Teen Issue – Anxiety vs. Anxiety Disorders

Good Morning! Here’s the Monday Morning Blog!

Have you had a chance to touch base with that teen or young adult in your life yet? Maybe yesterday gave you a good opportunity to do it.

Happy Mother’s Day! Did you have a special day with the people in your life yesterday? Mother’s Day is a day of mixed emotions for me. I lost my mom to breast cancer thirteen years ago. I love spending time with my family, but I miss the annual Mother’s Day flower shopping and lunch with her.

May is Mental Health Awareness Month

This month I’ll be focusing my posts on Mental Health issues, not only to raise awareness, but provide resources to learn more about it and to find help if you need it. While one in five people will experience a mental illness in their lifetime, everyone faces challenges in life that can impact their mental health.

This week I will be focusing on a very common type of mental illness, anxiety. You tend to hear the word anxiety used a lot in general terms. It is kind of like saying she has a cold, what kind of cold does she have? Is it a cold or is it a disease? With colds, you rest, drink liquids, and maybe take some medicine. In a few days you feel like you are back to normal, that is anxiety. With a disease, you may still rest, drink liquids and take medicine, but the condition is either managed or doesn’t go away. That is an anxiety disorder.

What is Anxiety?


Anxiety is your body’s natural response to stress. Even if you feel anxious when faced with a problem at work, before taking a test or making a big decision, that is a natural response and just about everyone has it from time to time. It doesn’t mean that you have a mental health disorder.


Anxiety Disorders are mental health disorders characterized by feelings of worry, anxiety, or fears that are strong enough to interfere with one’s daily activities. Symptoms include stress that’s out of proportion to the impact of the event, inability to set aside worry, and restlessness. Those disorders have names like Obsessive Compulsive Disorder (OCD), Phobias, Social Anxiety, Panic Attacks and Posttraumatic Stress Disorder (PTSD). They are typically diagnosed by a Mental Health Professional.

Teens and Anxiety

Like I said, anxiety is your body’s natural response to stress. Sometimes that response can feel very overwhelming, and even more so for teens. According to raisingchildren.net.au, here are some ways we can help teenagers face anxiety

  • Acknowledge their fears – don’t dismiss or ignore them. Actively listen to what they have to say.
  • Gently encourage them to do things they are anxious about – don’t force them to face them. Let them know it is ok to have strong emotions about things and to be unsure how to feel about them
  • Don’t make a fuss if they avoid a situation because they are anxious – let them know it may not be the right time to do it, but they can do it in the future
  • Help them understand their feelings – share stories with them about things you might have been afraid of or challenged by. And remind them they are not alone, that other teenagers and even adults feel anxious too.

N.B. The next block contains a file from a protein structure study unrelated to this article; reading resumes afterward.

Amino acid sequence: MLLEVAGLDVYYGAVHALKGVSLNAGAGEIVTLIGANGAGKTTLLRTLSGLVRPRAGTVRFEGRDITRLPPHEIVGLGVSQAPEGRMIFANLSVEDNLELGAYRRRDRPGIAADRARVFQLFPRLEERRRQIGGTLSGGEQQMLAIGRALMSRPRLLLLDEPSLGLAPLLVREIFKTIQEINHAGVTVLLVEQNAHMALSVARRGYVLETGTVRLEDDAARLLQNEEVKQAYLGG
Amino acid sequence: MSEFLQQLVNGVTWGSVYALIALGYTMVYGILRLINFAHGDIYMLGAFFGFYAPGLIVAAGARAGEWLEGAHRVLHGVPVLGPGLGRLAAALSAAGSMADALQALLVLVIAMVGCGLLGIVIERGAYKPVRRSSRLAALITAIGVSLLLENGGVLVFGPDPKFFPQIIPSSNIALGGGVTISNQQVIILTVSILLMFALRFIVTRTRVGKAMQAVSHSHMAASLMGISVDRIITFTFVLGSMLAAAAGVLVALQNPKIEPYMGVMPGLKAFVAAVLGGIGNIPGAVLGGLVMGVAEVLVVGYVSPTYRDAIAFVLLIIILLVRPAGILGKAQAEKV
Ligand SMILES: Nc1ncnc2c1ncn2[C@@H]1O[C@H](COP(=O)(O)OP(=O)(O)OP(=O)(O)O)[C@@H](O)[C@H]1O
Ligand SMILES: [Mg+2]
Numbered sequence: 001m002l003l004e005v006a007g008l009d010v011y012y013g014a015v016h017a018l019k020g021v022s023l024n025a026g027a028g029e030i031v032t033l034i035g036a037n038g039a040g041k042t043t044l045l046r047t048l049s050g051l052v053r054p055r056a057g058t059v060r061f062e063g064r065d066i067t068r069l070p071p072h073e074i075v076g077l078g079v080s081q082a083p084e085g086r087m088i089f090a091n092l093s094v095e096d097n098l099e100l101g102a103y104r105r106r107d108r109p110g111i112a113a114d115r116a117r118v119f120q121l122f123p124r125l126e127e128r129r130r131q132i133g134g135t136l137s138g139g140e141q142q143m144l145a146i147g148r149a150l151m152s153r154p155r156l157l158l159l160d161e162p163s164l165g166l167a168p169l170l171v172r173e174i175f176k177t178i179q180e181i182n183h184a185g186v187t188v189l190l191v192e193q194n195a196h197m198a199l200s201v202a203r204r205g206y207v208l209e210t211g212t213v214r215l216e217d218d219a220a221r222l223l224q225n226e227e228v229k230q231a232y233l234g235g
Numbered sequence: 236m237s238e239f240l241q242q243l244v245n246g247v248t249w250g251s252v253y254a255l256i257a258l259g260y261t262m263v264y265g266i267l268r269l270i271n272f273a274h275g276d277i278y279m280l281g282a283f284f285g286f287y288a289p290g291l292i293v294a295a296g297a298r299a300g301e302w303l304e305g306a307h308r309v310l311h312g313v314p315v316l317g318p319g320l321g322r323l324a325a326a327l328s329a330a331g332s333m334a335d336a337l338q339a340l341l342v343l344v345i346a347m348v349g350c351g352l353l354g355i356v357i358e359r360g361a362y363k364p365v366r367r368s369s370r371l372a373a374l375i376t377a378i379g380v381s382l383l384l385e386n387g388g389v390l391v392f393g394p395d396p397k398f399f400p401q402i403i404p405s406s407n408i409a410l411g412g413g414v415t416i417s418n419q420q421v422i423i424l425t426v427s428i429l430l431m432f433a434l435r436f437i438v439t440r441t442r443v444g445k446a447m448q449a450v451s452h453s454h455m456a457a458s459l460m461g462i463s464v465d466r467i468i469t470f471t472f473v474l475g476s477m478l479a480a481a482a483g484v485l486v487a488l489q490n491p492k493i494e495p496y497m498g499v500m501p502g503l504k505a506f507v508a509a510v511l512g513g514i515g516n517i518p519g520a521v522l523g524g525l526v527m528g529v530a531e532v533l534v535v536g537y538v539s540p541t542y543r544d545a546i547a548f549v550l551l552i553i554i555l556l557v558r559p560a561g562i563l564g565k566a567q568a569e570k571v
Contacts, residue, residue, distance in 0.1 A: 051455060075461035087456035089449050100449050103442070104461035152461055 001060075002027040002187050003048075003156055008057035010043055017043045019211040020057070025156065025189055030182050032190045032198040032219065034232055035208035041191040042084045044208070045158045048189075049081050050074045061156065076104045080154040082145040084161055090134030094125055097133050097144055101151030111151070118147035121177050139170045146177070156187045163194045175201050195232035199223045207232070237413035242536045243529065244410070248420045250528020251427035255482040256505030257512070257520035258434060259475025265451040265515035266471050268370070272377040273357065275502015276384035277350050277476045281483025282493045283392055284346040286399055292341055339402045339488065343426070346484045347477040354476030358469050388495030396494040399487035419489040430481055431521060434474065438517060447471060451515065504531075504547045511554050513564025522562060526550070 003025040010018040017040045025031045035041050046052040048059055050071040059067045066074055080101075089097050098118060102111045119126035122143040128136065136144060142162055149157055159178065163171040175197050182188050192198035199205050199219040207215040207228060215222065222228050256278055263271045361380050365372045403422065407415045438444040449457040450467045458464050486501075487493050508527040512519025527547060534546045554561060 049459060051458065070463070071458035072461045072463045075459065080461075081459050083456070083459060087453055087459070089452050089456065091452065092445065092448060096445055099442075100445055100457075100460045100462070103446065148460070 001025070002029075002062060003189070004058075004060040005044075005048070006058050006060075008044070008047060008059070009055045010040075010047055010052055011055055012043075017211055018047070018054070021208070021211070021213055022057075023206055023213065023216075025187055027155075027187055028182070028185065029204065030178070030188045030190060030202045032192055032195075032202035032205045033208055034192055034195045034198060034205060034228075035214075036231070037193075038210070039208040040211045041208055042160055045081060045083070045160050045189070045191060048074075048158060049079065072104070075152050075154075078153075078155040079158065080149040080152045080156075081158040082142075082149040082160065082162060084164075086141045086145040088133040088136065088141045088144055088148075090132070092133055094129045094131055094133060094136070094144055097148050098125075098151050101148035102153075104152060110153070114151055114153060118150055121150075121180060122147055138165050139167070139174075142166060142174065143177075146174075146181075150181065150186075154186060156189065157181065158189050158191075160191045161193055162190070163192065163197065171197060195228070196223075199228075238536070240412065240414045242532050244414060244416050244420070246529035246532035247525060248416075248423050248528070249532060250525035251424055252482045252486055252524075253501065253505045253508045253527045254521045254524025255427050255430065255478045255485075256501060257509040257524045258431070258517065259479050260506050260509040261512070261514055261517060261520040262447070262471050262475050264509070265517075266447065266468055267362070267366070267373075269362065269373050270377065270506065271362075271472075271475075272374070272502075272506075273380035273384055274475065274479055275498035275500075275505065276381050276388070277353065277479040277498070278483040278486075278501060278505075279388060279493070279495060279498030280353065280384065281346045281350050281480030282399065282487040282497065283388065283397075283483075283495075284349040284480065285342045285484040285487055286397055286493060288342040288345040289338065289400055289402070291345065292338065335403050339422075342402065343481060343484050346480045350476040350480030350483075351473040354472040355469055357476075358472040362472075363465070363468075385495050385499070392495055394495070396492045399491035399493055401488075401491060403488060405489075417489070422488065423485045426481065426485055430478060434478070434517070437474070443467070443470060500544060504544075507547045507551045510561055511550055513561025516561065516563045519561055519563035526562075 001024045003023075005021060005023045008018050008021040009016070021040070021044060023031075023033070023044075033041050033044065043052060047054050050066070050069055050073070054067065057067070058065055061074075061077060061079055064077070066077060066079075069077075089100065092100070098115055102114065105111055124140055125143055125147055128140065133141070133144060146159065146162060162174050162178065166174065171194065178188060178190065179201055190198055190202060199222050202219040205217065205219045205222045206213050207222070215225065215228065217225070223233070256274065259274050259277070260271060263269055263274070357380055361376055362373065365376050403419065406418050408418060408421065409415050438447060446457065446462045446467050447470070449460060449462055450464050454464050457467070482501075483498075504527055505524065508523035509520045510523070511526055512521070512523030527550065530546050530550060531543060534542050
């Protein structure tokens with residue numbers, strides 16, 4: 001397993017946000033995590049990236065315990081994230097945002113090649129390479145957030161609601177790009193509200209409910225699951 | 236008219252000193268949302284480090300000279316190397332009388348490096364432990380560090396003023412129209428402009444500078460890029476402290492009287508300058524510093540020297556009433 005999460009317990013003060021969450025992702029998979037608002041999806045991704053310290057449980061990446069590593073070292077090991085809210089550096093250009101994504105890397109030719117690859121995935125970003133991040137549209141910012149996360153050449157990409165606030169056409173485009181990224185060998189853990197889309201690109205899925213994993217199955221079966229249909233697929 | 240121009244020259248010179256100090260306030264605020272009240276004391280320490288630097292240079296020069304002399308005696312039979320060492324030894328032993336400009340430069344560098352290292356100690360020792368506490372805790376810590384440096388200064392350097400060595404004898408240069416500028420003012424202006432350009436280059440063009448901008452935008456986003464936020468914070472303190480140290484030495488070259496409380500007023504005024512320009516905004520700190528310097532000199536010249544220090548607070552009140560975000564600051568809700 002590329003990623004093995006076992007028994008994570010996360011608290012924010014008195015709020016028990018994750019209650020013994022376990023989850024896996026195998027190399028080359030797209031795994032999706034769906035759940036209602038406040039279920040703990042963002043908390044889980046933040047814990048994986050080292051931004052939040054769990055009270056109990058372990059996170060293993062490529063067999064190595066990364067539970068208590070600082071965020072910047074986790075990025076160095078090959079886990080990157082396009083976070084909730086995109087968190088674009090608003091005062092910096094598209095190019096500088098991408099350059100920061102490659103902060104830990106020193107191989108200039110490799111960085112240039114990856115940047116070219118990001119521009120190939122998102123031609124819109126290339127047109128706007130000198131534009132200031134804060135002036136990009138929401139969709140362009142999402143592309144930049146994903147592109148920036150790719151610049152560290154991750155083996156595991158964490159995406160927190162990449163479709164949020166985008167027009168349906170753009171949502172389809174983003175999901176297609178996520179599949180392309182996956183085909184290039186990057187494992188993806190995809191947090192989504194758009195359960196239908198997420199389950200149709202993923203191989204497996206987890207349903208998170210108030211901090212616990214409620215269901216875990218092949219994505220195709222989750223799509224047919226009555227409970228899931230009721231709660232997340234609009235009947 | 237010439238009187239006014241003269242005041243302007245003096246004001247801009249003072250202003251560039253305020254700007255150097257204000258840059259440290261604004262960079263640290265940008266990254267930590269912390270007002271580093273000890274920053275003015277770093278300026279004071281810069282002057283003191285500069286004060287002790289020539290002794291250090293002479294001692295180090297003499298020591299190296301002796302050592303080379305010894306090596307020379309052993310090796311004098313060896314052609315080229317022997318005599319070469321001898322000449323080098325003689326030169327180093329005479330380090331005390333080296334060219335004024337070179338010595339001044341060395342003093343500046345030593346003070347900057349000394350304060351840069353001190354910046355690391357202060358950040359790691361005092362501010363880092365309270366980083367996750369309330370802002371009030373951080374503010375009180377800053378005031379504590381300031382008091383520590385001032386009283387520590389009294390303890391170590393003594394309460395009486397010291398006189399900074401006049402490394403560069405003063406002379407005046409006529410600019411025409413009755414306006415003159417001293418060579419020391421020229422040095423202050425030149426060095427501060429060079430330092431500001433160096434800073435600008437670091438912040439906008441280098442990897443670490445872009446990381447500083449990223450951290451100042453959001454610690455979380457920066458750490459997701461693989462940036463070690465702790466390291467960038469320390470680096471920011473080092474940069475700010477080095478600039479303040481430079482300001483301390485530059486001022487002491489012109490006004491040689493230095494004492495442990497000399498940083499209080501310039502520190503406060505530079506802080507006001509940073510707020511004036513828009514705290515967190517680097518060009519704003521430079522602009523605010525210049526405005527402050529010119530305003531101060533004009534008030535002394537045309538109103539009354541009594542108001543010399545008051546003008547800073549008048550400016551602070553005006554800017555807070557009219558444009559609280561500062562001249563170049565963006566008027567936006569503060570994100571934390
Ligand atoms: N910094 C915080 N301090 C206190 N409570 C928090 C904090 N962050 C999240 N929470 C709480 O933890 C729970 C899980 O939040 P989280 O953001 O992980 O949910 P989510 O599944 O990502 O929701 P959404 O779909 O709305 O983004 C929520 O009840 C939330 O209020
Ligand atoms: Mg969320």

Teens and Anxiety Disorders

Unlike being anxious about something, if your teen is suffering from an anxiety disorder, there are many resources out there to get help.

Mental health professionals can meet with your teen and diagnose what mental health disorder they may have and start a treatment plan for them. There are many different treatment options but is one type of talk therapy called Cognitive Behavior Therapy (CBT) where a person learns new ways to think and act in situations that can cause anxiety, and to manage and deal with stress. The therapist provides support and sometimes medication to help them get relief from their anxiety.


What teens can to do to get help?

With all the changes that a teenager experiences, it is sometimes hard for adults to know that there is something wrong. If you are a teenager and you are feeling overwhelmed, talk to someone about it. It might just be normal anxiety and just talking about it may help things not seem so bad.

If the issue seems to keep you from doing things that normal teenagers would do, like the character Aza in Turtles All the Way Down, the book I reviewed last week, then you may want to talk to your parents about going and talking to someone who can help you.

Feeling anxious is not fun, but anxiety can be just a normal reaction to stress you are feeling. Too much anxiety or abnormal body chemistry can lead to an anxiety disorder that can be treated or managed. Reach out for help when you are feeling anxious. There are people around you who want to help.

New Website Coming Soon

Looking forward to showing you what the refreshed website looks like. Here is a preview of the home page. We are planning to go live on May 21, 2021.

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Be sure to stop by and check it out. There will be news about the launch date of book two of The Way Series, Shawn’s Way, on the new site.

Have a great week!


Featured Image Photo by Karl Edwards


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